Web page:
There are other ways introverts and extroverts differ. For introverts, fun from outside stimulation can end in a split second. All of a sudden their energy is gone and they are done, sometimes with little warning. When they are done, there is no energy left. Another difference is that introverts like depth in activities, subjects they are interested in, and in their relationships with people. They prefer to know a few people well. Extroverts look forward to meeting a lot of people and don’t need to know them well to call them friends. For extroverts, the variety is energizing.
Introverts are in the minority and often are made to feel that being alone or being exhausted by a lot of stimulation is somehow a character flaw or even a disability. Be assured that your introverted friends and family prefer to relax with a few friends or spend a quiet evening at home reading or thinking. They consider only deep relationships as friendships, talk in depth about topics you have in common, appear calm, like to observe, and don’t like feeling rushed. Respect their quiet time because they are refueling for tomorrow.
Reference: The Introvert Advantage, Marti Olsen Laney, Psy.D.
I have read all of John Holt’s writings and he has influenced me more than any other educator. This is one of my favorite passages from his book “What do I Do Monday? He addresses the comment that so many people make about forcing children to do something they don’t want to do. I have also found that it rarely works to require a child to do something “for their own good”…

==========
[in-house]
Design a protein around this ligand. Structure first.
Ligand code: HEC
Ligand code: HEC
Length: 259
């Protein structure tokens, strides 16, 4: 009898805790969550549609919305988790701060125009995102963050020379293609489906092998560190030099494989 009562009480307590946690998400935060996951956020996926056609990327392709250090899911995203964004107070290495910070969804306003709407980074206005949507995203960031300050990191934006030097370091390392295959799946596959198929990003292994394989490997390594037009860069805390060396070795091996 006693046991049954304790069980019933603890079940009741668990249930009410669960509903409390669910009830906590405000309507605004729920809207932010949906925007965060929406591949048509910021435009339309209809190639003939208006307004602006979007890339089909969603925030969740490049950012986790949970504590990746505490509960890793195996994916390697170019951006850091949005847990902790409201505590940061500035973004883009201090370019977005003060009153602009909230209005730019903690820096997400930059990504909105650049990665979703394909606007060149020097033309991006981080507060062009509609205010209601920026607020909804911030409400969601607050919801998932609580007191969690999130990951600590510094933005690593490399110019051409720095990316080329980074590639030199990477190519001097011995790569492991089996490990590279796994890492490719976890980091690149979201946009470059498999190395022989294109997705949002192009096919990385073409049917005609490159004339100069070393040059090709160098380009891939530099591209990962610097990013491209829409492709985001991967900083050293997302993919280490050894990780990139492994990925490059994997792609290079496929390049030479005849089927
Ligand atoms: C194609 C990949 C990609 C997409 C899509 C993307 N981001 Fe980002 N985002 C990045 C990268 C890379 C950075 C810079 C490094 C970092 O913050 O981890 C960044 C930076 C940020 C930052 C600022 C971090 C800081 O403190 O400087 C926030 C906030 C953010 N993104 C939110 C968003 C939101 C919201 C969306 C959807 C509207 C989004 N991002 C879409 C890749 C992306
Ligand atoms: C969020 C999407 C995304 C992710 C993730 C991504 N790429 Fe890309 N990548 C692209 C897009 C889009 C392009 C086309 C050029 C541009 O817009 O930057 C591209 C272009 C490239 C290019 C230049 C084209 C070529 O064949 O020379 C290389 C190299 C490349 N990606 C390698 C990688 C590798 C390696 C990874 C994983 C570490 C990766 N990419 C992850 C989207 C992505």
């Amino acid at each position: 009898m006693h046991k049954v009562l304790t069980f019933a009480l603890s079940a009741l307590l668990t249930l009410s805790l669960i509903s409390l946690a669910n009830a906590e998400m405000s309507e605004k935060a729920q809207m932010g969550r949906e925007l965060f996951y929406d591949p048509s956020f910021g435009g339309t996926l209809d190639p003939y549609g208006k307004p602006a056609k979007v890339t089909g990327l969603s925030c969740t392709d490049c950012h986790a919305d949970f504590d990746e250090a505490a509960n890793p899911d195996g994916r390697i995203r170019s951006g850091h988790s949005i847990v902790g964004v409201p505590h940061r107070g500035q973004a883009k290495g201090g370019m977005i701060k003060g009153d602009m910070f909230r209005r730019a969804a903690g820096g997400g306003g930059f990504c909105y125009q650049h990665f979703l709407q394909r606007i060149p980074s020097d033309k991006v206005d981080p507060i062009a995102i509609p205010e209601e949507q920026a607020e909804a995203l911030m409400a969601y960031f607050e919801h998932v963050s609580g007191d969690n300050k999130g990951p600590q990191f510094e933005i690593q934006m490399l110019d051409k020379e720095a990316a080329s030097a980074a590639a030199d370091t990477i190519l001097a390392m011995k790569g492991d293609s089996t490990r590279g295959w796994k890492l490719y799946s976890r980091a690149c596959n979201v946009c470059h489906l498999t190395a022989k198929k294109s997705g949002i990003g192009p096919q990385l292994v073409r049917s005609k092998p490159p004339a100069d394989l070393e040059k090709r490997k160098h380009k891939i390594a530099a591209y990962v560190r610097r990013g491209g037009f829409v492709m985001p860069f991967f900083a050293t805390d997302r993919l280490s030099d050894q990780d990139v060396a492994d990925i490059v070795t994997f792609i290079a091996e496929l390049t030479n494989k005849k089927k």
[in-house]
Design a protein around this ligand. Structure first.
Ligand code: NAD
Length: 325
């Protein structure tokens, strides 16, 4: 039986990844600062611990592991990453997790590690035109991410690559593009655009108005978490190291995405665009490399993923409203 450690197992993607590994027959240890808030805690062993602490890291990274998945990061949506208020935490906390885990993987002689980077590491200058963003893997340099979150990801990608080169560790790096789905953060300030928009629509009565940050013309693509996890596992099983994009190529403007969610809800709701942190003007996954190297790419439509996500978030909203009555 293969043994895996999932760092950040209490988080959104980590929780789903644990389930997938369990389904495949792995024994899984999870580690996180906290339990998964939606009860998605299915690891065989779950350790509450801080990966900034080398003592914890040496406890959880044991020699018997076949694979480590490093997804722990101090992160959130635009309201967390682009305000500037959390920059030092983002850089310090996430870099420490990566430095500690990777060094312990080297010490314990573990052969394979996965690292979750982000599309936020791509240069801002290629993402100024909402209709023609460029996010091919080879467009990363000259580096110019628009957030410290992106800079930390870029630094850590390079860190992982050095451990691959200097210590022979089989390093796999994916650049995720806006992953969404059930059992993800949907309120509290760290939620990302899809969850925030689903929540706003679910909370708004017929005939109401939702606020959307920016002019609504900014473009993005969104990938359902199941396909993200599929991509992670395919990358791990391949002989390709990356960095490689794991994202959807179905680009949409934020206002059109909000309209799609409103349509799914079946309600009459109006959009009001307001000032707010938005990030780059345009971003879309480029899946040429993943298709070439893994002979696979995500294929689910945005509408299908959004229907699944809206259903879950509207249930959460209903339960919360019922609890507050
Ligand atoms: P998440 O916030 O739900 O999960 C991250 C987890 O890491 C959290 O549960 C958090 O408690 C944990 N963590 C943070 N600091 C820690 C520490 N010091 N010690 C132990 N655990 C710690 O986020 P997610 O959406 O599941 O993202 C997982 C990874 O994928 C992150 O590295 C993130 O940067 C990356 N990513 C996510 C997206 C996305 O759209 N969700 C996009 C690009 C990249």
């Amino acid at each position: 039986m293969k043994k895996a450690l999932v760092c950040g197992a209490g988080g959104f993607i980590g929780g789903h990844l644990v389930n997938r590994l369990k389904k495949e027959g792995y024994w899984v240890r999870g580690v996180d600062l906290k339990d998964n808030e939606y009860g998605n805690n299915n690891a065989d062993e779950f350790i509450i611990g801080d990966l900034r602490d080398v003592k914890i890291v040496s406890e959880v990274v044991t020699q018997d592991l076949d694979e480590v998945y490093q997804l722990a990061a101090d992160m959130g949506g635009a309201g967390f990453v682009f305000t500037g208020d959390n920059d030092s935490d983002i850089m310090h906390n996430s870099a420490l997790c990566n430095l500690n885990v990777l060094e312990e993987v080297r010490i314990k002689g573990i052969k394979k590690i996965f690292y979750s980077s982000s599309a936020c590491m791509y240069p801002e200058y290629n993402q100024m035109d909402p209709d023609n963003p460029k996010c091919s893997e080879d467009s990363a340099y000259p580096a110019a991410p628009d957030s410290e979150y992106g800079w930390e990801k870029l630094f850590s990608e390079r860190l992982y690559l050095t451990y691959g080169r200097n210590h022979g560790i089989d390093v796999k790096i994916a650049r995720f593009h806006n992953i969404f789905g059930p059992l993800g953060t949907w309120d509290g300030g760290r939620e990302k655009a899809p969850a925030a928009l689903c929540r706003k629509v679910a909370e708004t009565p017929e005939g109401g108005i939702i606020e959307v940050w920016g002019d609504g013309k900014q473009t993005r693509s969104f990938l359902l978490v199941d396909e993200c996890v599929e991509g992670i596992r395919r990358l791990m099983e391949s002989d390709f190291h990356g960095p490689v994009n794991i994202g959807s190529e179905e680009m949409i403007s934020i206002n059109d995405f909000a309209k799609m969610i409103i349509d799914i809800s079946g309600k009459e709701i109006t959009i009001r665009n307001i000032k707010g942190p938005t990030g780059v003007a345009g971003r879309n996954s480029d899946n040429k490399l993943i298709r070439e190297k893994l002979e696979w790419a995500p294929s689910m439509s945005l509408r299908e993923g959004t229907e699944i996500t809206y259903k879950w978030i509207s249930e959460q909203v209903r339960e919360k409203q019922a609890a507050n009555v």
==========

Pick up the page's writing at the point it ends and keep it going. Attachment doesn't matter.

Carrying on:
” More times than I can remember, teachers or parents have said to me, of some child, ” He didn’t want to do something, but I made him do it, and he is glad, and if I hadn’t made him he would have never done anything.” The other day a pleasant and probably kindly coach and swimming instructor told me about some child who hadn’t wanted to swim, but he had made him, and the child had learned and now liked it, so why shouldn’t he have the right to compel everyone to swim? There are many answers. The child might have in time learned to swim on his own, and not only had the pleasure of swimming, but the far more important pleasure of having found that pleasure for himself. Or he might have used that time to find some other skills and pleasures, just as good. The real trouble, as I said to the coach is this: I love swimming, and in a school where nothing else was compulsory I might see a case for making swimming so. But for every child in that school there are dozens of adults, each convinced that he has something of vital importance to “give” the child that he would never get for himself, all saying to the child, ” I know better than you do what is good for you.” By the time all those people get through making the child do what they know is good for him, he has no time or energy left. What is worse, he has no sense of being in charge of his life and learning or that he could be in charge, or that he deserves to be in charge or that if he were in charge it would turn out anyway other than badly. In short, he has no sense of his identity or place. He is only where and what others tell him he is.”